Date Submitted: January 26, 2015
Michael A. Weidinger, Esquire Seton C. Mangine, Esquire Pinckney, Weidinger, Urban & Joyce LLC
Blake Rohrbacher, Esquire Richards Layton & Finger, P.A.
I have before me Mr. Weidinger's letter of January 26, 2015, which helpfully and lucidly states both parties' positions as to whether discovery of this action should be stayed pending a ruling by the United States District Court for the District of Delaware on Vaccaro's Motion to Dismiss Universal's Securities Fraud Action. A motion to stay discovery is addressed in the sound discretion of the trial court. In exercising this discretion, I must balance the interest of the moving party in avoiding needless and wasteful litigation costs against the need of the party in opposition to timely prepare the matter for resolution by the Court. In light of these factors, the Court will often grant motions for a stay in cases where a case dispositive motion will, if successful, inevitably end the litigation; in such a case, discovery will be wasteful if the dispositive motion is granted.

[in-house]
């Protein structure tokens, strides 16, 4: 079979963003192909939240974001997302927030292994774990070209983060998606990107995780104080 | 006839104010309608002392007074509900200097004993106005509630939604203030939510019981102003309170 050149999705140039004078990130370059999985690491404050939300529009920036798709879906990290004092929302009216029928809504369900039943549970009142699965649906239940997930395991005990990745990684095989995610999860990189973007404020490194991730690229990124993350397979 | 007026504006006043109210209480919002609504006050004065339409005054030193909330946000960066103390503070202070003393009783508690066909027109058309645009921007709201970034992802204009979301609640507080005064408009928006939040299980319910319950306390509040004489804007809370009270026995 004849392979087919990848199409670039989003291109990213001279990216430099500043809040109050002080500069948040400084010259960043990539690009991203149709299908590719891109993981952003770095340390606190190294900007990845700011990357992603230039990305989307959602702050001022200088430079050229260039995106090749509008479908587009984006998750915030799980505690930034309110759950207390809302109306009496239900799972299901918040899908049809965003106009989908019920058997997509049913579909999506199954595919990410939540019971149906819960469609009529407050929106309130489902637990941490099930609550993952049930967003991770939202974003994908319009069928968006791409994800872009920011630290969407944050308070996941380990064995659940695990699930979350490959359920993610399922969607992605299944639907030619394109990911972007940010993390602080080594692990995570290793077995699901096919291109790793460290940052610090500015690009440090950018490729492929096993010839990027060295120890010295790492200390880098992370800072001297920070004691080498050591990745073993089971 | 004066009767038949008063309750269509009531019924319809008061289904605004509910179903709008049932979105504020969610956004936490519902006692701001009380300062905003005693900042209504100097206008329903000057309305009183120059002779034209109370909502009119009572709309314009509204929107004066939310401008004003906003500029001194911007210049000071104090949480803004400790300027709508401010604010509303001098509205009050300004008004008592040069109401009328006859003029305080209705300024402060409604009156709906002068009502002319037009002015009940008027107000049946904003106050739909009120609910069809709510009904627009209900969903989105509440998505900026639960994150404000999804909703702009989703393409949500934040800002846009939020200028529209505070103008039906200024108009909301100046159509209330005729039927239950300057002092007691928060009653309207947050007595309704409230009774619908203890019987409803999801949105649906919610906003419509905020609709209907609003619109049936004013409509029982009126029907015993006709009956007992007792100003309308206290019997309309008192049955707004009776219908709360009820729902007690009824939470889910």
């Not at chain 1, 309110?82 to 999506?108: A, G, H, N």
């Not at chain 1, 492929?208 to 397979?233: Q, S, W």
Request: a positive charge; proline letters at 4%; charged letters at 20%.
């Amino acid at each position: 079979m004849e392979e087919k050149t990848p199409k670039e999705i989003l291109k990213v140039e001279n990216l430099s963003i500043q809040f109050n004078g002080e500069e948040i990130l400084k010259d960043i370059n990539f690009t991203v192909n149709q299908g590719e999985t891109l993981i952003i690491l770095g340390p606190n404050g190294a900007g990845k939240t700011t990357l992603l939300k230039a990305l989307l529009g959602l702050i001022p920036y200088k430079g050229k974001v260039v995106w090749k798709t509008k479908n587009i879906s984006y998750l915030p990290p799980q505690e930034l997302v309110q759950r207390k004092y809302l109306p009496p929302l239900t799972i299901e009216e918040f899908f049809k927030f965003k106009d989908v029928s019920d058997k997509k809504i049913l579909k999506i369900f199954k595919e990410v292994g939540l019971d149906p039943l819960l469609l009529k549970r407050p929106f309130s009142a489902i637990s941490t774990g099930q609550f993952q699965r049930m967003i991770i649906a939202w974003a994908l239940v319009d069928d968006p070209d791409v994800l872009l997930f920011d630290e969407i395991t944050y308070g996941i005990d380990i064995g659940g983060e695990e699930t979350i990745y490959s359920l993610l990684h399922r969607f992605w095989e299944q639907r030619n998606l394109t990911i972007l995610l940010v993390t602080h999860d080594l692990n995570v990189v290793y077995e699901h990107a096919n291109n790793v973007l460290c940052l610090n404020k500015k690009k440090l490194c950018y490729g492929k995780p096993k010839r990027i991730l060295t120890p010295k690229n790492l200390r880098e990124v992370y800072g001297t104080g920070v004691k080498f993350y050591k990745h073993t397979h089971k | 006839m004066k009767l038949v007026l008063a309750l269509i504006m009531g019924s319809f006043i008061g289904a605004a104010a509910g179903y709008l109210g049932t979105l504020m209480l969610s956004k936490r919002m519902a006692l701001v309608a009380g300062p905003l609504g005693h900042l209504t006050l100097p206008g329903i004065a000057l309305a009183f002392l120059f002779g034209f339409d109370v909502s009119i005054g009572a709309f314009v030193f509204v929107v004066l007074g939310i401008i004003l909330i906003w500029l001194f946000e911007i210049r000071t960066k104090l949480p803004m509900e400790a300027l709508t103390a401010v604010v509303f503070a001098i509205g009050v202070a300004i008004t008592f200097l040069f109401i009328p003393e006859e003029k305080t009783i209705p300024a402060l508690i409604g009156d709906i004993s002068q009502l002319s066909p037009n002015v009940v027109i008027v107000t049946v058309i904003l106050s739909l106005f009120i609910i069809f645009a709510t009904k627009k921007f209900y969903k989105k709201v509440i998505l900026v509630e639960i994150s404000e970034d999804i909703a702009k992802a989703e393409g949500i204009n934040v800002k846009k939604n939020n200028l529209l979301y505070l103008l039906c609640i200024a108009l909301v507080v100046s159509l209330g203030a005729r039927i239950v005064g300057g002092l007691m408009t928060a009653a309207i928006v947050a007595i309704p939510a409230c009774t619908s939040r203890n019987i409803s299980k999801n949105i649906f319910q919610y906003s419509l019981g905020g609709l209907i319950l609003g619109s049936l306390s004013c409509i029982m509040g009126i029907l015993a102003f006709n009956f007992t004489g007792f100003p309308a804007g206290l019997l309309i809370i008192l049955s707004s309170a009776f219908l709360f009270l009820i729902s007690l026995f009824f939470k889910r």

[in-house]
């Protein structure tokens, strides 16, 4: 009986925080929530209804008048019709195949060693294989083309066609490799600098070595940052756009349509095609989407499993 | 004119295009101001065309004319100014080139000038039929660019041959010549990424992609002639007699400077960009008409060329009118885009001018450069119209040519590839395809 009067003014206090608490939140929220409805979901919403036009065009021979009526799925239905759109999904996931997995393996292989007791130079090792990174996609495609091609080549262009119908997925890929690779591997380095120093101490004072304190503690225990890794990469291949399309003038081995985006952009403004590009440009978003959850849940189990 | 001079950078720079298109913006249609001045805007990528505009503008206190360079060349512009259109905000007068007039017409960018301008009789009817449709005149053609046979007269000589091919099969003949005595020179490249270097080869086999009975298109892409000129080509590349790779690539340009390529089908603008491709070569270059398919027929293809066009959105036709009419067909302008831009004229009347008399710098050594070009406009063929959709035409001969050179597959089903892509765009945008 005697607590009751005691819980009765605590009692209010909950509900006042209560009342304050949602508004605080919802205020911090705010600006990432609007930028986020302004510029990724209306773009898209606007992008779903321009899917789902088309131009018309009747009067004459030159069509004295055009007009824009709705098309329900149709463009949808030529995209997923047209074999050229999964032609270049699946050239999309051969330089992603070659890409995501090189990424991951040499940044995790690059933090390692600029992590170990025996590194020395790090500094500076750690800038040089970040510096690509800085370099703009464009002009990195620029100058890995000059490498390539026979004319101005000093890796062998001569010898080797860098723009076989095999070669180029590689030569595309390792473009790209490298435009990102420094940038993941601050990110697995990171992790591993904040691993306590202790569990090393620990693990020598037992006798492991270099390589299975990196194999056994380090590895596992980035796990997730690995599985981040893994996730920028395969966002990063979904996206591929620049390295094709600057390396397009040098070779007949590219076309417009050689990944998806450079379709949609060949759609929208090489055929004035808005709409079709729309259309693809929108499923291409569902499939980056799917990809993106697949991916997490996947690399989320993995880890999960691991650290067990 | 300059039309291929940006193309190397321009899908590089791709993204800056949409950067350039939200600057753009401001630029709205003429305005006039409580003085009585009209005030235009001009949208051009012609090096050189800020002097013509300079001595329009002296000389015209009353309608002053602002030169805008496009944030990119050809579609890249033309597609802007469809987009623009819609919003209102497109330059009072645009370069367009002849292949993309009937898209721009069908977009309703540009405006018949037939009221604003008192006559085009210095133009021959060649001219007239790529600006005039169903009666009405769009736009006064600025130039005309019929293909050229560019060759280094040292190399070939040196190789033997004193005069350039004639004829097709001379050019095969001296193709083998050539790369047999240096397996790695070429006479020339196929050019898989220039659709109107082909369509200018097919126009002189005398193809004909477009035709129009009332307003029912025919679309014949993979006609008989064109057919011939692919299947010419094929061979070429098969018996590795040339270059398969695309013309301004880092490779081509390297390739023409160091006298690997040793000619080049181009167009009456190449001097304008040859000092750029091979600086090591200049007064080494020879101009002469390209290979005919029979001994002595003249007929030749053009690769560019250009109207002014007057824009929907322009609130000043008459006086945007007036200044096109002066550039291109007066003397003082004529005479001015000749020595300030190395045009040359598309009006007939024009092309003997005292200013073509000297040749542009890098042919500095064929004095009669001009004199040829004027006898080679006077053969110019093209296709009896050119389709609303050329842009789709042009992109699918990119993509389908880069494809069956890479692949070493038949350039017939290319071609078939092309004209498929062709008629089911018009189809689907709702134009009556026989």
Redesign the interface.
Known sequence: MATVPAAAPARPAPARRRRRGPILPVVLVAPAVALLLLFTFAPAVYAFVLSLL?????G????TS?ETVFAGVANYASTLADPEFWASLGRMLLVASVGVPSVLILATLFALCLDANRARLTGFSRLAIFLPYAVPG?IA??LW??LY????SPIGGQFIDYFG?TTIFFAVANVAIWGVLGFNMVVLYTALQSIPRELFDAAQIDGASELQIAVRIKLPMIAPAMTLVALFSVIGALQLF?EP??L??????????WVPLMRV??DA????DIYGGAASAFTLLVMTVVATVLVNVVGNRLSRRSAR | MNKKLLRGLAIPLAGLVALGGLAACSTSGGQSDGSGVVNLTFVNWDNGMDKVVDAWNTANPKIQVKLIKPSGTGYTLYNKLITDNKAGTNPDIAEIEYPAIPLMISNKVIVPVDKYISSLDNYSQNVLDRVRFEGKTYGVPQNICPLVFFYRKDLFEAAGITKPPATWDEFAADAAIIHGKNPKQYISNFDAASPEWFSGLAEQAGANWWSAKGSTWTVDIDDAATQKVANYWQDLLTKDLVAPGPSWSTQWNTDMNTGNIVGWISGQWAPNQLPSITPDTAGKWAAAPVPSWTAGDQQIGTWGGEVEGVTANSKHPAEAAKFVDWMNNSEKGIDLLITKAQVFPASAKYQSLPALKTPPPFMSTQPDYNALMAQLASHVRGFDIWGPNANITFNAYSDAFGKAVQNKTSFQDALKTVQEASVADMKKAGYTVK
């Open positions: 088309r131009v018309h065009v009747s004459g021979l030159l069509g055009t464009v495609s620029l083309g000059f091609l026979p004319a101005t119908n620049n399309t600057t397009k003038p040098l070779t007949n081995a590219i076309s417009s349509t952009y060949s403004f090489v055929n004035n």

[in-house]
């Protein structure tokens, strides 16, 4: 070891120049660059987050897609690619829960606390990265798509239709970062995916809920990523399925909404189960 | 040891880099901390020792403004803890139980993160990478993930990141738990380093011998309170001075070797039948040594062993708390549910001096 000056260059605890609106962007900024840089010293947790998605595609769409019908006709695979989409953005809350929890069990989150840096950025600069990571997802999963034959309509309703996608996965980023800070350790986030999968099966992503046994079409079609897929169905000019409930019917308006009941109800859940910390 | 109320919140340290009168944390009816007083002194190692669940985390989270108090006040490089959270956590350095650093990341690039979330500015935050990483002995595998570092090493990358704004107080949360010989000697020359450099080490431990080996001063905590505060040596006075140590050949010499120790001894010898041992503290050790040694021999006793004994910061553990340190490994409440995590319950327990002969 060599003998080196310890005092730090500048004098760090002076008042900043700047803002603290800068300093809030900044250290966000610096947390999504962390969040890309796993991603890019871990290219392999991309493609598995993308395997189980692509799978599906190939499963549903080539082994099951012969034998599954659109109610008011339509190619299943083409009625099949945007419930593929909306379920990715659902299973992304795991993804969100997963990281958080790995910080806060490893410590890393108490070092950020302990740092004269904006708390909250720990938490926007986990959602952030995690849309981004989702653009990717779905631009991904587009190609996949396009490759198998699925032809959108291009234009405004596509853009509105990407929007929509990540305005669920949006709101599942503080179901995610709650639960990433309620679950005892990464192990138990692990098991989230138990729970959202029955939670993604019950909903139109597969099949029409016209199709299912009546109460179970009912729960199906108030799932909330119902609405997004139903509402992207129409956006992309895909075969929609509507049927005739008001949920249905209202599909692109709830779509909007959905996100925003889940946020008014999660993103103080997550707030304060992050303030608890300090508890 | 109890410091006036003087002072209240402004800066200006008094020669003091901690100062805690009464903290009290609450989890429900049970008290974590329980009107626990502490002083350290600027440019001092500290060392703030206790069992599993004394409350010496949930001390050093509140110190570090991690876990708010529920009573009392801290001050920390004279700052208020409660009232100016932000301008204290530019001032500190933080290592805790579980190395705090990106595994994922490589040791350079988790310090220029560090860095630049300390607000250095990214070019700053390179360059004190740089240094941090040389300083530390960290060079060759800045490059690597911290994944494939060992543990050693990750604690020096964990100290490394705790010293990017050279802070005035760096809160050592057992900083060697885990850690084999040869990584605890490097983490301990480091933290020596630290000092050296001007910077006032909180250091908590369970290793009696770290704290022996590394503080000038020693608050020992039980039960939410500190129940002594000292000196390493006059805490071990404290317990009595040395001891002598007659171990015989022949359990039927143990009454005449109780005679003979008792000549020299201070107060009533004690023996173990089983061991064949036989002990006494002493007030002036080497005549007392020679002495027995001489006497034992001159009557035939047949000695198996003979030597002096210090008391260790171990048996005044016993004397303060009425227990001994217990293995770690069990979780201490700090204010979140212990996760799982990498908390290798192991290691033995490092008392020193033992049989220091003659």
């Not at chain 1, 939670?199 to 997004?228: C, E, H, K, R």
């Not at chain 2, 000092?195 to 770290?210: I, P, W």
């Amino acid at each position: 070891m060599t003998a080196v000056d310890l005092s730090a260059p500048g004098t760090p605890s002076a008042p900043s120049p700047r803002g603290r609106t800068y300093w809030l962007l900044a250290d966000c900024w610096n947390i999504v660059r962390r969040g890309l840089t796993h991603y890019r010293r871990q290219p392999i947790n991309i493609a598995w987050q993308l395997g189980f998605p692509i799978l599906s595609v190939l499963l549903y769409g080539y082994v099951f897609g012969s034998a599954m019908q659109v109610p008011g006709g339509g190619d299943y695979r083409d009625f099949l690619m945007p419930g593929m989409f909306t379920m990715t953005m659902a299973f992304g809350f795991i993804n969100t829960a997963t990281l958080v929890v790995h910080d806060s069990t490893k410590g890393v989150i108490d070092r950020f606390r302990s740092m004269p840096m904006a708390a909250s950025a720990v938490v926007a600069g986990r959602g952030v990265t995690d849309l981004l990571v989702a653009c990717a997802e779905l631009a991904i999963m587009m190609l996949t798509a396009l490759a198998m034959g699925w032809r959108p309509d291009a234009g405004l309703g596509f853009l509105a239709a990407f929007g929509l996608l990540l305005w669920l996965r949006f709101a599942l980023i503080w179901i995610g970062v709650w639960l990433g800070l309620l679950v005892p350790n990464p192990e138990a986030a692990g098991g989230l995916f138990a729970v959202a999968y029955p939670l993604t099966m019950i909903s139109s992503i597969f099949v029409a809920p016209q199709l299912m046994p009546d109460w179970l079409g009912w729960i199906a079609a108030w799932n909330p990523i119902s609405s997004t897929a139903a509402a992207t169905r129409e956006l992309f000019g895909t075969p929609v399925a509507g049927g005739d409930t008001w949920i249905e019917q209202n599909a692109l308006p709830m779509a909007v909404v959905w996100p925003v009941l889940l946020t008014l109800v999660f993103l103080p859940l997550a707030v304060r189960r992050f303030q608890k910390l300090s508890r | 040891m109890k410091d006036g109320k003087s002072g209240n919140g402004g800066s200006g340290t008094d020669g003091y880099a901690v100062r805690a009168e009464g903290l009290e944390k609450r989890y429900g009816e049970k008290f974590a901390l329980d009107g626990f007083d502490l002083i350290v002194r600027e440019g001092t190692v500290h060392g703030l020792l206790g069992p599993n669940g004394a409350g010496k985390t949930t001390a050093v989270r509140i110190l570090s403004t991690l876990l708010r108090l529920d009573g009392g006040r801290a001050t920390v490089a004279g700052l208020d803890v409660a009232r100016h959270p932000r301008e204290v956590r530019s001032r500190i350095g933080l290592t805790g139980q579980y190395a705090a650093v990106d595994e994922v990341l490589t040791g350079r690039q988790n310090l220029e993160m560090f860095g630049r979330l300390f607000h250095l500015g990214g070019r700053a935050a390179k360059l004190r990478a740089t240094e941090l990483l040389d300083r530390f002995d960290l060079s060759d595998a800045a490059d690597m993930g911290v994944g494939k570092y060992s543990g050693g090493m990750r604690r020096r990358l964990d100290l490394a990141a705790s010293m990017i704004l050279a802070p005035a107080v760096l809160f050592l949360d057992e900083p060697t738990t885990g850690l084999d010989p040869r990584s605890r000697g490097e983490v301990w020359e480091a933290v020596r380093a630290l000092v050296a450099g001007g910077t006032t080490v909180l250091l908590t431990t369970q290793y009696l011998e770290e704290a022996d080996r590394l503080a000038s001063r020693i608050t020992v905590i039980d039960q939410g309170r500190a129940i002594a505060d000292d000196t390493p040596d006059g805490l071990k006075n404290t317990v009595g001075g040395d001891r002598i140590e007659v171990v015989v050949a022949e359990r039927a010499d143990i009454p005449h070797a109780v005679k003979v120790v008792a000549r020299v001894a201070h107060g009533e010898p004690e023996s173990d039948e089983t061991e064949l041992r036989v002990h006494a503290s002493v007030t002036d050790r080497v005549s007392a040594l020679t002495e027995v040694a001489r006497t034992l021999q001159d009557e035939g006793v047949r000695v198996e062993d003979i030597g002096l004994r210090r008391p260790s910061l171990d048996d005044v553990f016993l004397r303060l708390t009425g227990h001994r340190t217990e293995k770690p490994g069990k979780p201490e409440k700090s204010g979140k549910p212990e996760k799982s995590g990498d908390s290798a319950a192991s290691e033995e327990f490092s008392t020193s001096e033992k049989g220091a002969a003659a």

I find the balancing test easier in this situation, because it appears likely that the dispute in this matter will go forward after the resolution of Vaccaro's Motion to Dismiss currently before the District Court. That determination will have an impact on my analysis of whether the issues here should remain in this Court or be pursued in the District Court; it is unlikely, however, to obviate the need for discovery in all forums. While there may be some inefficiencies in proceeding with discovery in one forum of materials ultimately to be used in another, I find that the Defendants, as the party requesting the stay, have failed to meet their burden to show that such considerations outweigh the need for a reasonably swift preparation for trial, including preserving recollections of events which, like all human memories, tend to be ephemeral.
For the foregoing reasons, the Defendants' request to stay discovery pending the outcome of the Motion to Dismiss in the District Court is denied. To the extent the foregoing requires an Order to take effect, IT IS SO ORDERED.
SAM GLASSCOCK III